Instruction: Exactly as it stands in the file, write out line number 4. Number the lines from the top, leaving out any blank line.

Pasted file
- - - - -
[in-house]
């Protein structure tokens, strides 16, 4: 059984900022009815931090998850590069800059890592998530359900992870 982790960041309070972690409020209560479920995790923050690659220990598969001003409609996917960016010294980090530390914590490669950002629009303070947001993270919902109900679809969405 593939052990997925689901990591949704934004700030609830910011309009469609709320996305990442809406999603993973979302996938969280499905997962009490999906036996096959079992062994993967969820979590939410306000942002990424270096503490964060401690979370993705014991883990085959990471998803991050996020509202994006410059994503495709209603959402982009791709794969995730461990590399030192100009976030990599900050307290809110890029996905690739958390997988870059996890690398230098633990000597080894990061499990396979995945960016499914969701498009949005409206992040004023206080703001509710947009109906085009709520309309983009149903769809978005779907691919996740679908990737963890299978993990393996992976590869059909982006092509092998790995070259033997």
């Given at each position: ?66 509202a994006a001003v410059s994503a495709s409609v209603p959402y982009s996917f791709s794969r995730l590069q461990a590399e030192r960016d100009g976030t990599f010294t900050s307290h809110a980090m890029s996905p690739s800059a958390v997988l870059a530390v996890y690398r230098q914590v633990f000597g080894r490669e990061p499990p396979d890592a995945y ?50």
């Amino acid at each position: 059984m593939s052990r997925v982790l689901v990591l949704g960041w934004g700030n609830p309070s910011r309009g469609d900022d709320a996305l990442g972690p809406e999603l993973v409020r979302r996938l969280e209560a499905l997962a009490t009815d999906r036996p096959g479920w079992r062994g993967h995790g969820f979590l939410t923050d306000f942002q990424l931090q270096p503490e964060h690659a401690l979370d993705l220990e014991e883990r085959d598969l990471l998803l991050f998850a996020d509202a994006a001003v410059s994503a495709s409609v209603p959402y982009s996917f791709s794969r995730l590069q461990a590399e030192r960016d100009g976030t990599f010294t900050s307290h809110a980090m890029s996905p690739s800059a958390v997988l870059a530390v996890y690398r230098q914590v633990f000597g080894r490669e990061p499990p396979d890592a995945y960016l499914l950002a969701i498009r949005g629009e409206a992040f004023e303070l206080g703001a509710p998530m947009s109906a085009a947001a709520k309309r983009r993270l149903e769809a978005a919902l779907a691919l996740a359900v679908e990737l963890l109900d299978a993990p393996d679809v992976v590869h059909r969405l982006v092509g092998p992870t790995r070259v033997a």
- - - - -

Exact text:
């Amino acid at each position: 059984m593939s052990r997925v982790l689901v990591l949704g960041w934004g700030n609830p309070s910011r309009g469609d900022d709320a996305l990442g972690p809406e999603l993973v409020r979302r996938l969280e209560a499905l997962a009490t009815d999906r036996p096959g479920w079992r062994g993967h995790g969820f979590l939410t923050d306000f942002q990424l931090q270096p503490e964060h690659a401690l979370d993705l220990e014991e883990r085959d598969l990471l998803l991050f998850a996020d509202a994006a001003v410059s994503a495709s409609v209603p959402y982009s996917f791709s794969r995730l590069q461990a590399e030192r960016d100009g976030t990599f010294t900050s307290h809110a980090m890029s996905p690739s800059a958390v997988l870059a530390v996890y690398r230098q914590v633990f000597g080894r490669e990061p499990p396979d890592a995945y960016l499914l950002a969701i498009r949005g629009e409206a992040f004023e303070l206080g703001a509710p998530m947009s109906a085009a947001a709520k309309r983009r993270l149903e769809a978005a919902l779907a691919l996740a359900v679908e990737l963890l109900d299978a993990p393996d679809v992976v590869h059909r969405l982006v092509g092998p992870t790995r070259v033997a």